This ‘Camera’ Lacks a Sensor or Lens and Uses AI to ‘Capture’ Images


Danish designer Bjørn Karmann has built a prototype of a camera powered by artificial intelligence (AI) that is making people furious. The conceptual camera bends the idea of photography and what it means to capture a photo.

Paragraphica — The Camera That Isn’t a Camera

As Karmann describes, “Paragraphica is a context-to-image camera that uses location data and artificial intelligence to visualize a ‘photo’ of a specific place and moment. The camera exists both as a physical prototype and a virtual camera that you can try.”

Karmann has built an actual prototype of the Paragraphica, a “camera” that can be held and used in the real world, but he’s also built a virtual version.

The Paragraphica doesn’t have a lens or an image sensor, but it still does camera stuff. The Paragraphica produces an image, but it’s not an image that represents light rays that passed through a lens and struck a film or digital sensor.

Note: Location data removed

No, Paragraphica uses location data and artificial intelligence to create an artificial, albeit possibly realistic, image of the place a person is based on real-world data.

“The viewfinder displays a real-time description of your current location, and by pressing the trigger, the camera will create a scintigraphic representation of the description,” Karmann explains.

Note: Location data removed

The camera has a trio of dials that allow the user to control data and AI parameters, which ultimately influence the final image.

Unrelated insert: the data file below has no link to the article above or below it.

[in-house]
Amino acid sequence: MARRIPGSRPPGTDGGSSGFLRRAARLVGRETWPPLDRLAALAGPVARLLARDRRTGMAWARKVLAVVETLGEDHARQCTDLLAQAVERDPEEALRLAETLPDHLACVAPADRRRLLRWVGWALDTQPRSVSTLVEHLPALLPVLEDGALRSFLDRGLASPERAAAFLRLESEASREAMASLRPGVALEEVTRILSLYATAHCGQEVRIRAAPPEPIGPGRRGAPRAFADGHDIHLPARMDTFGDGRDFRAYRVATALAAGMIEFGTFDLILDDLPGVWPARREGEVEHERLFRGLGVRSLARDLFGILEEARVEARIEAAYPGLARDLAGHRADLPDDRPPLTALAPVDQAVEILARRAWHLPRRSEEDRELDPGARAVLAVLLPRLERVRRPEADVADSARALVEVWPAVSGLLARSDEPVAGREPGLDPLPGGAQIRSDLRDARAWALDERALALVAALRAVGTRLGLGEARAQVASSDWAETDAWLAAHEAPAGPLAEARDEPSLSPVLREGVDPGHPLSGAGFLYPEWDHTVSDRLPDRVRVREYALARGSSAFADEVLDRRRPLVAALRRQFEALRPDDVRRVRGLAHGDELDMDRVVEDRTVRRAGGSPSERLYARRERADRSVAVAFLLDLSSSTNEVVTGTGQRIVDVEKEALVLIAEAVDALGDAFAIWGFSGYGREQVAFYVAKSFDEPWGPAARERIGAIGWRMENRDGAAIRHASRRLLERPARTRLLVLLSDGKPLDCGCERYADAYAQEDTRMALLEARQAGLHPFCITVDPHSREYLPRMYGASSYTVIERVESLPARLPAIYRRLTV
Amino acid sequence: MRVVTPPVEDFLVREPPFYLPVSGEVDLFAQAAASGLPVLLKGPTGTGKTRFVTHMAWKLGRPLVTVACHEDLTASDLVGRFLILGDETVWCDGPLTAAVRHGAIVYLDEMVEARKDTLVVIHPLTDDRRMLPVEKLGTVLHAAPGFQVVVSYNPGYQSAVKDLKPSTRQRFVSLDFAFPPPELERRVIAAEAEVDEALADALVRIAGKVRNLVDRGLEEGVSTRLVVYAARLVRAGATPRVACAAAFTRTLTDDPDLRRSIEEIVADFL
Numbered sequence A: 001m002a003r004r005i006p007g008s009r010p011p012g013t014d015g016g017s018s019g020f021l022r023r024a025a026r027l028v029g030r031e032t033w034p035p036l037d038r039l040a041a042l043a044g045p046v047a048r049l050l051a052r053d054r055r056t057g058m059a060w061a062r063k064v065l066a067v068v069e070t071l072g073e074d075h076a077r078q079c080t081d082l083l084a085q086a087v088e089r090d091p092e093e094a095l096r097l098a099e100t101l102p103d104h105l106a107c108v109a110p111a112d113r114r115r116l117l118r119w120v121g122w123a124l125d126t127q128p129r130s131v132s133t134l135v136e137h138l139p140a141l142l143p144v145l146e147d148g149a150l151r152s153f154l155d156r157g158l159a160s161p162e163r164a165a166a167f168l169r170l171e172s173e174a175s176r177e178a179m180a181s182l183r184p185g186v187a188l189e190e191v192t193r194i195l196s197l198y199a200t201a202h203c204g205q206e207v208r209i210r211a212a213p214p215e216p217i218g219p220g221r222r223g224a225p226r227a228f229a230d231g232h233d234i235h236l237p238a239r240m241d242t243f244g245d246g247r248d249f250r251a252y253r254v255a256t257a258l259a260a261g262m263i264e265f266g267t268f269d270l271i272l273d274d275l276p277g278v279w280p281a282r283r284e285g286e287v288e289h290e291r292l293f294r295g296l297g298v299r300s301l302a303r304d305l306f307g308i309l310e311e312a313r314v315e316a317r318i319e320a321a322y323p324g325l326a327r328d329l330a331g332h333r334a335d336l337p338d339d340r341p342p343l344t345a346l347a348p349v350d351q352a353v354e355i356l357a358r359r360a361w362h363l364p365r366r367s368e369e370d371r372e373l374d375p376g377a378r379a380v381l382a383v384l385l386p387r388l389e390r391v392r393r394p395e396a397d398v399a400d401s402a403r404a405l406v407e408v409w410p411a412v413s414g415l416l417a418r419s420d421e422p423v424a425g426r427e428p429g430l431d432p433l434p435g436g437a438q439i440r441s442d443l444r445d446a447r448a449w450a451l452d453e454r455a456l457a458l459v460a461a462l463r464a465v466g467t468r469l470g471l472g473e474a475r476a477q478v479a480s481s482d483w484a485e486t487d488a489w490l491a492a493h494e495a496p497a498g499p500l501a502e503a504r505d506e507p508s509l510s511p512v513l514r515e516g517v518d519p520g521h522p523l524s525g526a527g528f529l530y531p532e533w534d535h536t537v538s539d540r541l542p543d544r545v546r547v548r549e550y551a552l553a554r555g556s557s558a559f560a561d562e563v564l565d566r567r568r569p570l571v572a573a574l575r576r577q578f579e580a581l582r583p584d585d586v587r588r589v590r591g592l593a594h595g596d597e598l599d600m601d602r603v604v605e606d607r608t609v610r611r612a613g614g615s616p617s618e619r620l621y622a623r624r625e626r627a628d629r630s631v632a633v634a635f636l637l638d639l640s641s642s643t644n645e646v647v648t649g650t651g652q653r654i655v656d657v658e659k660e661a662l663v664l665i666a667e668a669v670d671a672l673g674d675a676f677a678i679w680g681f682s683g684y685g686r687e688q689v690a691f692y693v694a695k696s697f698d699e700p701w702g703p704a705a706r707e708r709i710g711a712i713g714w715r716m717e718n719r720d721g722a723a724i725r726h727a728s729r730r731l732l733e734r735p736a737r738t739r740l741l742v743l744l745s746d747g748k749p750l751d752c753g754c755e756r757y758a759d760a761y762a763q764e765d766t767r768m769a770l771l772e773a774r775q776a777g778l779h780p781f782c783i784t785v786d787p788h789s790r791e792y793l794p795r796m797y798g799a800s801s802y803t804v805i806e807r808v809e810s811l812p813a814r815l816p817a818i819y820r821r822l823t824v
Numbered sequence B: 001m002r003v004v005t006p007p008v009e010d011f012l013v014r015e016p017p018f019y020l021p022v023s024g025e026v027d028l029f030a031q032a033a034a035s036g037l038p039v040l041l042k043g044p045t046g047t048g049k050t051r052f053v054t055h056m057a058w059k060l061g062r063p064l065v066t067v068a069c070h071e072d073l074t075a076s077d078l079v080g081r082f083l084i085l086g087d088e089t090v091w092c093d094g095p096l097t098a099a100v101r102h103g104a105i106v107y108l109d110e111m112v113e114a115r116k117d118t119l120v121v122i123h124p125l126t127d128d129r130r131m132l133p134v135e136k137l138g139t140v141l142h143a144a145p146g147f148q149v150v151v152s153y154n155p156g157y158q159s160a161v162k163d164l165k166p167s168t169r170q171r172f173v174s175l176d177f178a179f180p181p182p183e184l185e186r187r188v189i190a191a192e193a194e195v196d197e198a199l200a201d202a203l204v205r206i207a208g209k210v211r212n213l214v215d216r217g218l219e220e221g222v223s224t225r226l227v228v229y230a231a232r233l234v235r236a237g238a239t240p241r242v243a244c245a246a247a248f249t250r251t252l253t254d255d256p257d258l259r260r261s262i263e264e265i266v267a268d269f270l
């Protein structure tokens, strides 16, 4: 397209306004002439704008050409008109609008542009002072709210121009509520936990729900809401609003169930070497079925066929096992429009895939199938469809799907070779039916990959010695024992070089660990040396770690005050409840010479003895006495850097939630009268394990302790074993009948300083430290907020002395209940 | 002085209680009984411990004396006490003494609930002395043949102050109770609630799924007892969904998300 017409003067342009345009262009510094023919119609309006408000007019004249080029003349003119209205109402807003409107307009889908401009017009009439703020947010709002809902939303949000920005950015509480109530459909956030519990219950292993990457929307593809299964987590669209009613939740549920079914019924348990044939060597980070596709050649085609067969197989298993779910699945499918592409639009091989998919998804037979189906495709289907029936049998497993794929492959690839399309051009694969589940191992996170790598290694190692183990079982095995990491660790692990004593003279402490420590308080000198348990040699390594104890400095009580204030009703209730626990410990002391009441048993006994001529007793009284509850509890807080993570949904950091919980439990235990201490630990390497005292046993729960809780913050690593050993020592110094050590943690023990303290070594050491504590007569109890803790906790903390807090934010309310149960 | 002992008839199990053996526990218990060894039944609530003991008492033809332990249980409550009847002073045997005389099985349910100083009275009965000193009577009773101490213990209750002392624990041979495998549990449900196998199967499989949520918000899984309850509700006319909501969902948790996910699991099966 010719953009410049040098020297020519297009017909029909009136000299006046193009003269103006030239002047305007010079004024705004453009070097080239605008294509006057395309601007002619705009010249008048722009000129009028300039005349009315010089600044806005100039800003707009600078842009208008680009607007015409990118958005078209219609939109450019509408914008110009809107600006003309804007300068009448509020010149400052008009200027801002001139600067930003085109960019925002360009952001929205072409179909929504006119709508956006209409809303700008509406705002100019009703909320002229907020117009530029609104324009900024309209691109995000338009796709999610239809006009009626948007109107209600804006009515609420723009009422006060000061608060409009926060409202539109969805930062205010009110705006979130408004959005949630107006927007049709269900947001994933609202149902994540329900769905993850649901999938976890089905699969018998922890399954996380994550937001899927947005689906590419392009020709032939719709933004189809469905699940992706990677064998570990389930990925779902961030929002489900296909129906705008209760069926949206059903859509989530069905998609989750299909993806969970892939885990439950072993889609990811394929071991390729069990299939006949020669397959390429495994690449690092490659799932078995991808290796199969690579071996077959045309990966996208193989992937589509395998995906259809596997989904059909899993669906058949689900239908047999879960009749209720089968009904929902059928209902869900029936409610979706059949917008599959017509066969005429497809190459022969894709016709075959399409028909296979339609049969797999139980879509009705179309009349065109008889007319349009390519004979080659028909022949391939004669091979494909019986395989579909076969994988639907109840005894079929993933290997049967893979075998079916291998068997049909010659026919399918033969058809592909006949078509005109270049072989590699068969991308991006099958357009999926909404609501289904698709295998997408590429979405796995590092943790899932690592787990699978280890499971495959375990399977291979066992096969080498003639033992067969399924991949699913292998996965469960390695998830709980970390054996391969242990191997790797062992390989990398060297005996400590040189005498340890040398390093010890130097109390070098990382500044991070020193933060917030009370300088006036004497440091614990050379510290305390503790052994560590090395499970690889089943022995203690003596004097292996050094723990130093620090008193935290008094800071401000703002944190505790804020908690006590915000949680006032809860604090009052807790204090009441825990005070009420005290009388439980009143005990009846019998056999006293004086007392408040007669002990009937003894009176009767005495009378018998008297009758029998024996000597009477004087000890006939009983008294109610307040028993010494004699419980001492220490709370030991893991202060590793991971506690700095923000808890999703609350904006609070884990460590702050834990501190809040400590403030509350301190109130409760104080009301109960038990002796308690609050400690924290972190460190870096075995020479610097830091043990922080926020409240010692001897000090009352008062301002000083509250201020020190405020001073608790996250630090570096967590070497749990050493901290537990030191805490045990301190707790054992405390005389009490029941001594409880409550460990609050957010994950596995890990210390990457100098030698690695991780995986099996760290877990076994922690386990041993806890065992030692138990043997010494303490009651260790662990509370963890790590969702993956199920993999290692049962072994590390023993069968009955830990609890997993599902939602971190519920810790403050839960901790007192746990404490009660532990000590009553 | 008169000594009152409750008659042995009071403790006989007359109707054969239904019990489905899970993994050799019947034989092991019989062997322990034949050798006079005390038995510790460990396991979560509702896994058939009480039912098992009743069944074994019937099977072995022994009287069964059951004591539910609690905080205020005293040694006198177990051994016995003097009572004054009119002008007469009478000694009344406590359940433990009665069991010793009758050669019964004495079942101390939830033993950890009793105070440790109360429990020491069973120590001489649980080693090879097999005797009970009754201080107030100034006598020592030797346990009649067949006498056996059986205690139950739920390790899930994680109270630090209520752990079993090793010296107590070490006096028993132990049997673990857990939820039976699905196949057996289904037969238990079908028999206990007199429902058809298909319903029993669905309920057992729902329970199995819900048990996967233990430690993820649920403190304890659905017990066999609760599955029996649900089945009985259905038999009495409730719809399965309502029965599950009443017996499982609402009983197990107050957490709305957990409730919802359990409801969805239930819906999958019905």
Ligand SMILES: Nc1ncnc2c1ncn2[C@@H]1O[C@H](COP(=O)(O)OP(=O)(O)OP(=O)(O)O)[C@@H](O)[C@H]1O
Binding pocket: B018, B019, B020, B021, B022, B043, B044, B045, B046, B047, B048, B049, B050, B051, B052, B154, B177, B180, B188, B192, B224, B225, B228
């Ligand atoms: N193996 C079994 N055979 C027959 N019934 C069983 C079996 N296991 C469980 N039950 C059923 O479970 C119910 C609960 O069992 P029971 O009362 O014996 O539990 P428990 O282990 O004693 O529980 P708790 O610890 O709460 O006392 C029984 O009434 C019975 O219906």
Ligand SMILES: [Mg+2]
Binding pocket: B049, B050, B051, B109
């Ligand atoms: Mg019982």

Based on location data, the Paragraphica generates a text prompt, which is then fed into AI to create an image. Additional data, including time of day, weather, temperature, date and event, and points of interest, can influence the generated photo using text-to-image AI models.


“The camera operates by collecting data from its location using open APIs. Utilizing the address, weather, time of day, and nearby places. Combining all these data points, Paragraphica composes a paragraph that details a representation of the current place and moment,” Karmann says.

The Dials

The first dial on Paragraphica acts like a zoom lens, controlling the radius (in meters) of the area the camera uses to search for location data.

The next dial ranges from 0.1 to 1 and is a “noise seed for the AI image diffusion process.”


Rounding out the dials is a guidance scale dial. As the value increases, the AI model will more closely follow the text paragraph. Karmann argues that this reflects the “sharpness” or “blurriness” of an image.


“The star-nosed mole, which lives and hunts underground, finds light useless. Consequently, it has evolved to perceive the world through its finger-like antennae, granting it an unusual and intelligent way of ‘seeing.’ This amazing animal became the perfect metaphor and inspiration for how empathizing with other intelligence and the way they perceive the world can be nearly impossible to imagine from a human perspective,” Karmann explains.


He adds that as AI language models “increasingly become conscious,” it’s interesting to consider and imagine how AI models “see” the world.